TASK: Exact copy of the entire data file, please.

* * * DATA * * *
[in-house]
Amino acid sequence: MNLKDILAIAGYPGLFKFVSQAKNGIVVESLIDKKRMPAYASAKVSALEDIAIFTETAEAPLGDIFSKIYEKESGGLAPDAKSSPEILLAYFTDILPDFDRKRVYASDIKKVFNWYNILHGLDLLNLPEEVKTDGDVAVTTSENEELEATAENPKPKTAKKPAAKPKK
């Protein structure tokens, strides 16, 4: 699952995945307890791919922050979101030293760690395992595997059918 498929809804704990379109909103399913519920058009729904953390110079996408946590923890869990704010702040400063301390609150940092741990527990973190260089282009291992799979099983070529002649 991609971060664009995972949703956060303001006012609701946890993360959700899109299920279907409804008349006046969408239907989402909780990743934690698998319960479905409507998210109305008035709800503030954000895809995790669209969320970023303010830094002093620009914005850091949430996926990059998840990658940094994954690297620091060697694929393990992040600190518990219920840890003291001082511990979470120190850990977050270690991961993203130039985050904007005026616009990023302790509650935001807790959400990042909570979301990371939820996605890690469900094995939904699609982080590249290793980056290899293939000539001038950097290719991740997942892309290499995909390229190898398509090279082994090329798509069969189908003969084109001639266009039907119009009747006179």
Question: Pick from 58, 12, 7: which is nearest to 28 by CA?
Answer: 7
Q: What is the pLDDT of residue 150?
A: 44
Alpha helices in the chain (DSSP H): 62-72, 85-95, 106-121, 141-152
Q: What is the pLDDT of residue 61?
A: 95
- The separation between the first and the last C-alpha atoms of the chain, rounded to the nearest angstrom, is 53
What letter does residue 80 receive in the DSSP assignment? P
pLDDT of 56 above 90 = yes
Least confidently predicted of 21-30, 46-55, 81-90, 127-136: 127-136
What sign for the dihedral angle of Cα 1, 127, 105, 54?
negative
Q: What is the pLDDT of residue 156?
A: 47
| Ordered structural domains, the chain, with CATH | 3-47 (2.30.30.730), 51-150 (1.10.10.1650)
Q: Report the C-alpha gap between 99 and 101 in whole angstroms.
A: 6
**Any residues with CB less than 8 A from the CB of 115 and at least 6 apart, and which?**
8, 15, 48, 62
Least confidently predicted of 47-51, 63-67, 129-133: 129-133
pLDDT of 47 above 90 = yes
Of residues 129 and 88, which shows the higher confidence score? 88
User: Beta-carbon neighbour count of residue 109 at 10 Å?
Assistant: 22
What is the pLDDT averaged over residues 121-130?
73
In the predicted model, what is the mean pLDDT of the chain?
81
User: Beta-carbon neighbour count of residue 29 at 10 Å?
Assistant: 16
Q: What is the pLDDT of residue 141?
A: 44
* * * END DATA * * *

[in-house]
Amino acid sequence: MNLKDILAIAGYPGLFKFVSQAKNGIVVESLIDKKRMPAYASAKVSALEDIAIFTETAEAPLGDIFSKIYEKESGGLAPDAKSSPEILLAYFTDILPDFDRKRVYASDIKKVFNWYNILHGLDLLNLPEEVKTDGDVAVTTSENEELEATAENPKPKTAKKPAAKPKK
């Protein structure tokens, strides 16, 4: 699952995945307890791919922050979101030293760690395992595997059918 498929809804704990379109909103399913519920058009729904953390110079996408946590923890869990704010702040400063301390609150940092741990527990973190260089282009291992799979099983070529002649 991609971060664009995972949703956060303001006012609701946890993360959700899109299920279907409804008349006046969408239907989402909780990743934690698998319960479905409507998210109305008035709800503030954000895809995790669209969320970023303010830094002093620009914005850091949430996926990059998840990658940094994954690297620091060697694929393990992040600190518990219920840890003291001082511990979470120190850990977050270690991961993203130039985050904007005026616009990023302790509650935001807790959400990042909570979301990371939820996605890690469900094995939904699609982080590249290793980056290899293939000539001038950097290719991740997942892309290499995909390229190898398509090279082994090329798509069969189908003969084109001639266009039907119009009747006179």
Question: Pick from 58, 12, 7: which is nearest to 28 by CA?
Answer: 7
Q: What is the pLDDT of residue 150?
A: 44
Alpha helices in the chain (DSSP H): 62-72, 85-95, 106-121, 141-152
Q: What is the pLDDT of residue 61?
A: 95
- The separation between the first and the last C-alpha atoms of the chain, rounded to the nearest angstrom, is 53
What letter does residue 80 receive in the DSSP assignment? P
pLDDT of 56 above 90 = yes
Least confidently predicted of 21-30, 46-55, 81-90, 127-136: 127-136
What sign for the dihedral angle of Cα 1, 127, 105, 54?
negative
Q: What is the pLDDT of residue 156?
A: 47
| Ordered structural domains, the chain, with CATH | 3-47 (2.30.30.730), 51-150 (1.10.10.1650)
Q: Report the C-alpha gap between 99 and 101 in whole angstroms.
A: 6
**Any residues with CB less than 8 A from the CB of 115 and at least 6 apart, and which?**
8, 15, 48, 62
Least confidently predicted of 47-51, 63-67, 129-133: 129-133
pLDDT of 47 above 90 = yes
Of residues 129 and 88, which shows the higher confidence score? 88
User: Beta-carbon neighbour count of residue 109 at 10 Å?
Assistant: 22
What is the pLDDT averaged over residues 121-130?
73
In the predicted model, what is the mean pLDDT of the chain?
81
User: Beta-carbon neighbour count of residue 29 at 10 Å?
Assistant: 16
Q: What is the pLDDT of residue 141?
A: 44